Mompetitors. I’m not sure where I heard this term, but it makes me laugh.  The sad part is, that it makes me laugh because there is truth in this made up word.  Moms are getting so caught up in what the ‘right’ way is to raise a child that they alienate other moms who don’t share their views.

A few days ago I was at a park with my girls.  They were crawling around my feet while I sat there feeding them a banana.  Another mom walked over and the first thing she said to me was:

“I thought they were wearing cloth!  You must be a crunchy momma like me.”

For the next ten minutes she proceeded to regal me with tales of how her son’s pediatrican had wanted him drinking out of a cup at 15 months and how her breast milk had more calories than cows’ milk so she didn’t understand what his issue was.  And about prefolds, and Blueberry diapers and a few other diaper terms (which I wasn’t altogether familiar with).  Meanwhile her 3 year old son is off wrecking havoc on the playground by trying to take a living dog from another little girl.  And I can’t get in a word edgewise.  Finally, I’m able to say that I only cloth diaper because I’m cheap and prefer to save the two grand a year we would have spent on diapering twins.  She looks at me aghast and more or less looses interest in me.

And I sighed a sigh of relief

Suddenly mothering has all these labels.  Crunchy and Silky.   Attachment parenting and Baby-wise parent.  Co-sleepers and crib sleepers.  Spankers and positive reinforcement only.   It’s a crazy world to be thrown into and it all starts when you birth a child (or two).

Now if someone were to give me a label it would probably be “Chewy” or the coin word for somewhere between crunchy and silky.  I’d get that label because I do things on both sides of the parenting fence.

I didn’t do formal sleep training, but I did cry it out.
I use cloth diapers, but I don’t object to disposables.
I make my own baby food, but I buy local and non-organic.
I use corporal punishment for direct disobedience, but I prefer to use positive reinforcement most often.
I love and sort of ascribed to the idea of baby-led weaning as far as finger food goes, but I did spoon feed and I am the one initiating the end of the breastfeeding relationship.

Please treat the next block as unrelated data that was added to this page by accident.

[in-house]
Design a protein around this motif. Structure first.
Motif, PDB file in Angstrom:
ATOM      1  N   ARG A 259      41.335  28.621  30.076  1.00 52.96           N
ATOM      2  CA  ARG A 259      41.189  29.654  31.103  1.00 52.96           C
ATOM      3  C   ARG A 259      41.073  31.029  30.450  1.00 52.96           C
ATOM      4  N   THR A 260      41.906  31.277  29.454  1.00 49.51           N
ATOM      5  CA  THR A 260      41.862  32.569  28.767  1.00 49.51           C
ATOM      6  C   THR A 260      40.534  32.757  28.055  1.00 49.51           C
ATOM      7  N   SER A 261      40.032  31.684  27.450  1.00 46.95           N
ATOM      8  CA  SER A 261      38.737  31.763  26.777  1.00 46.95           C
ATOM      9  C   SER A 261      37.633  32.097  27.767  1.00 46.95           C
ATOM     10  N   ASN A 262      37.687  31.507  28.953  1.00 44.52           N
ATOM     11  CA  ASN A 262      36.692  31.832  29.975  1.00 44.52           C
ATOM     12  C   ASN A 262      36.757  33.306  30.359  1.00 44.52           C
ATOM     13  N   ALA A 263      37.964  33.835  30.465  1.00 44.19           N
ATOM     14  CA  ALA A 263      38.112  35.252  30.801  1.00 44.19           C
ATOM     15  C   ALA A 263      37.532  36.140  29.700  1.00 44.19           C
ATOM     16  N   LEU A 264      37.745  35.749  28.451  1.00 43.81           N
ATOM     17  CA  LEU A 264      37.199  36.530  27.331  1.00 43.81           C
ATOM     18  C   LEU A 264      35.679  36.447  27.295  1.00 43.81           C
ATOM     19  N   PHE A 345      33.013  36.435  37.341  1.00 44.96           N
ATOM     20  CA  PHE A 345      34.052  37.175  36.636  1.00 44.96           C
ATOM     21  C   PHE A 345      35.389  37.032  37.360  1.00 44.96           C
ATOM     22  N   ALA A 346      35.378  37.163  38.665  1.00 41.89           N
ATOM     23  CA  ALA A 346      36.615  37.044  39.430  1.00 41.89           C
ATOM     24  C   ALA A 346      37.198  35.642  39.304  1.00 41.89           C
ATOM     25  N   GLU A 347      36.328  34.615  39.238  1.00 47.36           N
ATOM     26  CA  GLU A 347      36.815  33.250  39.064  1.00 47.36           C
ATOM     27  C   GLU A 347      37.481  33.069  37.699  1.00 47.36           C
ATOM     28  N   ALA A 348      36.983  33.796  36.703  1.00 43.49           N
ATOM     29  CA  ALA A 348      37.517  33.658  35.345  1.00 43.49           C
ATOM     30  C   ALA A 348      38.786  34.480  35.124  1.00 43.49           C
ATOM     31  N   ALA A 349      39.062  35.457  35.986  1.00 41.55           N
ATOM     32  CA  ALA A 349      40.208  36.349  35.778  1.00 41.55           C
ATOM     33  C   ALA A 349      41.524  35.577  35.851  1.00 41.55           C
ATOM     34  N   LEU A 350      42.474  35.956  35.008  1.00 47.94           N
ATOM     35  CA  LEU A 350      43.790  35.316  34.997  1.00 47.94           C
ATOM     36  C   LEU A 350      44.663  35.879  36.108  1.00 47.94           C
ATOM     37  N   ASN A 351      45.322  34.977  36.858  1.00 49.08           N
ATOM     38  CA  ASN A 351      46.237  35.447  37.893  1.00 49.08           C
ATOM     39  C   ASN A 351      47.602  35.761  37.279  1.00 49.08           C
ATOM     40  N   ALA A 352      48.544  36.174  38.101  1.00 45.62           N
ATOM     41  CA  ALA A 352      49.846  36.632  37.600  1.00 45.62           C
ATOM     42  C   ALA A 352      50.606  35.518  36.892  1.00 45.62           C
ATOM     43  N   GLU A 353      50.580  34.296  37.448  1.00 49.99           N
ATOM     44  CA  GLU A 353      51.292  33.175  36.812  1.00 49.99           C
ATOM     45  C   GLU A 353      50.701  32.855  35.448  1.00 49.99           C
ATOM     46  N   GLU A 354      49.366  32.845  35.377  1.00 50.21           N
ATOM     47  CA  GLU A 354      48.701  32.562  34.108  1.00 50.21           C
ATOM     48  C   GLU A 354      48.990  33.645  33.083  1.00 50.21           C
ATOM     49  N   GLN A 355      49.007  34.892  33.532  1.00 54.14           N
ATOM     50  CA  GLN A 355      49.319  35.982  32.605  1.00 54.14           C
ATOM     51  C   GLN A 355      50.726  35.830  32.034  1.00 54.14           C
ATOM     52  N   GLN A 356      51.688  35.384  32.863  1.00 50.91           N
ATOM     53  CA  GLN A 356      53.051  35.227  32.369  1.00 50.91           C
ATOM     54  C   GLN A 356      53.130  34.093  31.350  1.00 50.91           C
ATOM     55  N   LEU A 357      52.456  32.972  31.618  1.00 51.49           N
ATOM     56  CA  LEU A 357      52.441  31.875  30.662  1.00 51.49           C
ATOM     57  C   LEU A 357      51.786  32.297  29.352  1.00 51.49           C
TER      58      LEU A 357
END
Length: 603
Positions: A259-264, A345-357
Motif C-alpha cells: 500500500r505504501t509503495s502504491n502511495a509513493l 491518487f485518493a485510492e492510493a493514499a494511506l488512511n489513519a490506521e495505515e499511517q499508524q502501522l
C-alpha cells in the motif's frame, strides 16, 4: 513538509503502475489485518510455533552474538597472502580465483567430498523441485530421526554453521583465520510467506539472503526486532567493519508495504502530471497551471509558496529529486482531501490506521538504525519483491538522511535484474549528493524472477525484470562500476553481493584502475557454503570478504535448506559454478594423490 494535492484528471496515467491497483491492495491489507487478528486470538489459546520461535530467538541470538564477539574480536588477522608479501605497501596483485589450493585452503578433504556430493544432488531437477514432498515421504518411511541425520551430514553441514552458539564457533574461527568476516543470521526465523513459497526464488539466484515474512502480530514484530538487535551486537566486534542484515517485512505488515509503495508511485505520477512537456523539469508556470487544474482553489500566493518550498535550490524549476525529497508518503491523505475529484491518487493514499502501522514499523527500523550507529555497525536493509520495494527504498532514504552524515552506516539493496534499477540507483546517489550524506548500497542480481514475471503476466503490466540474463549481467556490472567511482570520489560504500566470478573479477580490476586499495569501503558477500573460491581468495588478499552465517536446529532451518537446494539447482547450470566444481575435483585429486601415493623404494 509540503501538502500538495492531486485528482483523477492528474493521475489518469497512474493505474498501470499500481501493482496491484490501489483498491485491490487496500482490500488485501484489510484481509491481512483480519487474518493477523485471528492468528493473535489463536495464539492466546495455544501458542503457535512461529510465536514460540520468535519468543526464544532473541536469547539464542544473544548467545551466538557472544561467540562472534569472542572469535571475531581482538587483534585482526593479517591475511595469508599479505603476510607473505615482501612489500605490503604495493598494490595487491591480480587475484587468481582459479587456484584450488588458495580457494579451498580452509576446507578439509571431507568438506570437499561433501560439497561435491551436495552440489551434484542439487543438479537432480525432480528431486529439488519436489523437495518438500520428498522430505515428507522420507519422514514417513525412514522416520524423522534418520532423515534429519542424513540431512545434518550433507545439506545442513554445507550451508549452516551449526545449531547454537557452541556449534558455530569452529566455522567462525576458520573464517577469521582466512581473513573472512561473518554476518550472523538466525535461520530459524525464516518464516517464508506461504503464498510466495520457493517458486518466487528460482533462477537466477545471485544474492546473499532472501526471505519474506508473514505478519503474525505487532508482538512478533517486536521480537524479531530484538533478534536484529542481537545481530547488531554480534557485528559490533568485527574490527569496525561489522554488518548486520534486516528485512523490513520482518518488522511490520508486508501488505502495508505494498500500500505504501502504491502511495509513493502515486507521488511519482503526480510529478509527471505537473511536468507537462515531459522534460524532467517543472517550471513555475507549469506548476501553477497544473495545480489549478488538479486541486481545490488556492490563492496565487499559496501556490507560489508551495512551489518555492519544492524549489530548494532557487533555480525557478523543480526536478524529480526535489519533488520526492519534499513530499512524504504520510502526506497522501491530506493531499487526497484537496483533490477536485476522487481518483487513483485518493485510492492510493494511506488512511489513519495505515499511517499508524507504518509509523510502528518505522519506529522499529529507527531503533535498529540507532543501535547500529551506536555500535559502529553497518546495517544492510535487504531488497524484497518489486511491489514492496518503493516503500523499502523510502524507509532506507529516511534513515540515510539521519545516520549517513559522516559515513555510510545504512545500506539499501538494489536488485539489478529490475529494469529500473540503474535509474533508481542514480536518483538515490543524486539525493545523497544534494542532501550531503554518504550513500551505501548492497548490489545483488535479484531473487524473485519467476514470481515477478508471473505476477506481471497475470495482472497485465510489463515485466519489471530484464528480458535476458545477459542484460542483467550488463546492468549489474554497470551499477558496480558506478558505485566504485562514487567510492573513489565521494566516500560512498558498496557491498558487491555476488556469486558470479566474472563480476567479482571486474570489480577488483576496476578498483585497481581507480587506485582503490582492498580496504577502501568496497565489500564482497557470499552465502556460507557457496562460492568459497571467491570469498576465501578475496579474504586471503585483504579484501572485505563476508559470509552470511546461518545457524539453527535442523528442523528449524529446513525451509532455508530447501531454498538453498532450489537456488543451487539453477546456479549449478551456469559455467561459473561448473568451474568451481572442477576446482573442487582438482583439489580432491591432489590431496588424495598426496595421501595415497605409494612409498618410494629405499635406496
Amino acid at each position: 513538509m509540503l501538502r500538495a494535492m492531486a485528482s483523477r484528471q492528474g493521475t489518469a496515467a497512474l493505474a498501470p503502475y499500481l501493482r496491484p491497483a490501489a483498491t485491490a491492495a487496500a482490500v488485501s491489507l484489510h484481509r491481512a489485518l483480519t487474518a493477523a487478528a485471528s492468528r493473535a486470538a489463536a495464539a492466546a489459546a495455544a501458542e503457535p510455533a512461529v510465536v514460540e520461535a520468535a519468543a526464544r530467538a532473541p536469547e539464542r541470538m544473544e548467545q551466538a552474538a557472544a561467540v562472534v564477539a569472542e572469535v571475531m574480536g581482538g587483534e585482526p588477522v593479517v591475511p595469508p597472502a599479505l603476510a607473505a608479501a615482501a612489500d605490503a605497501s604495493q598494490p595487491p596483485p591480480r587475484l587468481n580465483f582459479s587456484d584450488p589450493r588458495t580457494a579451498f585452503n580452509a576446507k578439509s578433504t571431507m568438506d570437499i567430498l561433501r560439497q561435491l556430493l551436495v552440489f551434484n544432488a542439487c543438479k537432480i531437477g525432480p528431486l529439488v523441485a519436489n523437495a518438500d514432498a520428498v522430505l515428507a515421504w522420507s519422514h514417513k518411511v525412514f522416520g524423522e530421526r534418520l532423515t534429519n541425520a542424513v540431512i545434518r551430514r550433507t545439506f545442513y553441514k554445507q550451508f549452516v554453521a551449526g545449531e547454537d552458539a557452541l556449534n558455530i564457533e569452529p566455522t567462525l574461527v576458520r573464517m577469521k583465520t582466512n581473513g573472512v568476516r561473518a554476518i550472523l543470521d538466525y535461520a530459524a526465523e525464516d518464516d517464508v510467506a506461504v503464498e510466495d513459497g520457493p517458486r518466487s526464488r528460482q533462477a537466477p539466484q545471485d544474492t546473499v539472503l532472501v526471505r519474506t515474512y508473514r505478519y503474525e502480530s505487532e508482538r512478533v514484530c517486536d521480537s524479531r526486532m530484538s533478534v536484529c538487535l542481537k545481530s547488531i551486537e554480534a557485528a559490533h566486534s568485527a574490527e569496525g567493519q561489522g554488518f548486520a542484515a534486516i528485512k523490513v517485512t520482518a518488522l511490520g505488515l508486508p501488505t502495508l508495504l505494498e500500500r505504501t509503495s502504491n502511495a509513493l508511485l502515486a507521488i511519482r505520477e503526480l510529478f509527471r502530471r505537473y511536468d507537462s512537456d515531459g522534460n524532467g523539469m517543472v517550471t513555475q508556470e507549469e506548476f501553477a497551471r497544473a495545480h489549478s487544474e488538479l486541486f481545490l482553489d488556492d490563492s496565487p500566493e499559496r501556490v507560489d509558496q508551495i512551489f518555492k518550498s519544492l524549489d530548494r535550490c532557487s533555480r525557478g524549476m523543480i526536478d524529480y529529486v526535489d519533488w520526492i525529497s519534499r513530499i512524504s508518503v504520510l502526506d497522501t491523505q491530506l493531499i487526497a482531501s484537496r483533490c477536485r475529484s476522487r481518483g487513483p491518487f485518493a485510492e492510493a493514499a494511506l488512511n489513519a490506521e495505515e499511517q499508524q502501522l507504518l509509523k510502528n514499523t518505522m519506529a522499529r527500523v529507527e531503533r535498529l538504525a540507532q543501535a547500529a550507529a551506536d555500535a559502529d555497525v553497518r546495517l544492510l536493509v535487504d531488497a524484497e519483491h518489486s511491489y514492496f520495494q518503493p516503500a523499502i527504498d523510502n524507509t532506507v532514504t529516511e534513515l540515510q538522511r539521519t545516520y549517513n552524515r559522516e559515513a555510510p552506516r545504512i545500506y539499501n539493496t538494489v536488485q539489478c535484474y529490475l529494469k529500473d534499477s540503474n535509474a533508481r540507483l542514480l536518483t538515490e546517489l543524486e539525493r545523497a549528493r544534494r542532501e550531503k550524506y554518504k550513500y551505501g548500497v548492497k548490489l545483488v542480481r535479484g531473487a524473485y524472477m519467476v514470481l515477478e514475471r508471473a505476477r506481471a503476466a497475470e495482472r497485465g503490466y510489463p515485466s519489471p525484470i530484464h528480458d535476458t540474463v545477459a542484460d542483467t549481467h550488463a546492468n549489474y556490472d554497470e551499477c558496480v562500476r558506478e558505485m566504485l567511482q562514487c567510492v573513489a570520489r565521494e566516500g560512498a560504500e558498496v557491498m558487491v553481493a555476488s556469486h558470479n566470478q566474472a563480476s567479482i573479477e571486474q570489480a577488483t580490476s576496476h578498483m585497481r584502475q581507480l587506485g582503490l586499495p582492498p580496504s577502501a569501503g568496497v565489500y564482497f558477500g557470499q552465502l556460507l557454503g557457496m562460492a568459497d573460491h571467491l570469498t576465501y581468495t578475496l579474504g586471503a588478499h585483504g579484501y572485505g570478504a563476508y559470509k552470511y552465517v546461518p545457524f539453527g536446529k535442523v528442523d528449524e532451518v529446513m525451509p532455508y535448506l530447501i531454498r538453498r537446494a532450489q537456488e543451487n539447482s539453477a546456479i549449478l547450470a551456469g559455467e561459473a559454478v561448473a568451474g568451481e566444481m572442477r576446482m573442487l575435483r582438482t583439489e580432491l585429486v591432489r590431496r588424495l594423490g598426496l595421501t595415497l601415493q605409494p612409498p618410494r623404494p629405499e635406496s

I vaccinate my children, but I do so selectively.

But the truth of the matter is that none of that matters.  None of it. But most of us moms don’t see that and get caught up in this mom-competitive world.

I actually had a long conversation about this with a good friend.  Despite my merciless way of telling people like it is (when I know them well enough), I am pretty sensitive.  My feelings get hurt easily and I tire of insinuations that because I’m not doing what you’re doing then I’m doing something wrong.

Now, understand me, I know there are solid absolute truths when parenting children.  Most of these truths are recorded in scripture and come to life with the gospel.  Parenting requires teaching the Law through the teaching of obedience and the application of discipline.  But like the gospel, healthy doses of grace should be sprinkled throughout our lessons.

However, the choice to let my children chew on a rock because I know no ultimate harm will come from it is not wrong.  Perhaps it’s different that the choice you would make, but that’s okay.  I’ve chosen to allow my children to explore nature and that does not make me negligent.  It was a choice.  It was my choice to make.

And the truth is, if we all made the same choices (were all crunchy or silky or chewy or whatever) there would be no diversity. 

And without diversity there would be no one to learn from.

So what I’m learning is to let stuff go.  To ignore comments that seem judgmental (or maybe really are) and to keep my tongue from making similar comments.  Because the truth is none of it matters in the grand scheme of things.  

What matters is that we all have the same goal: to bring our children to the foot of the throne of Jesus Christ.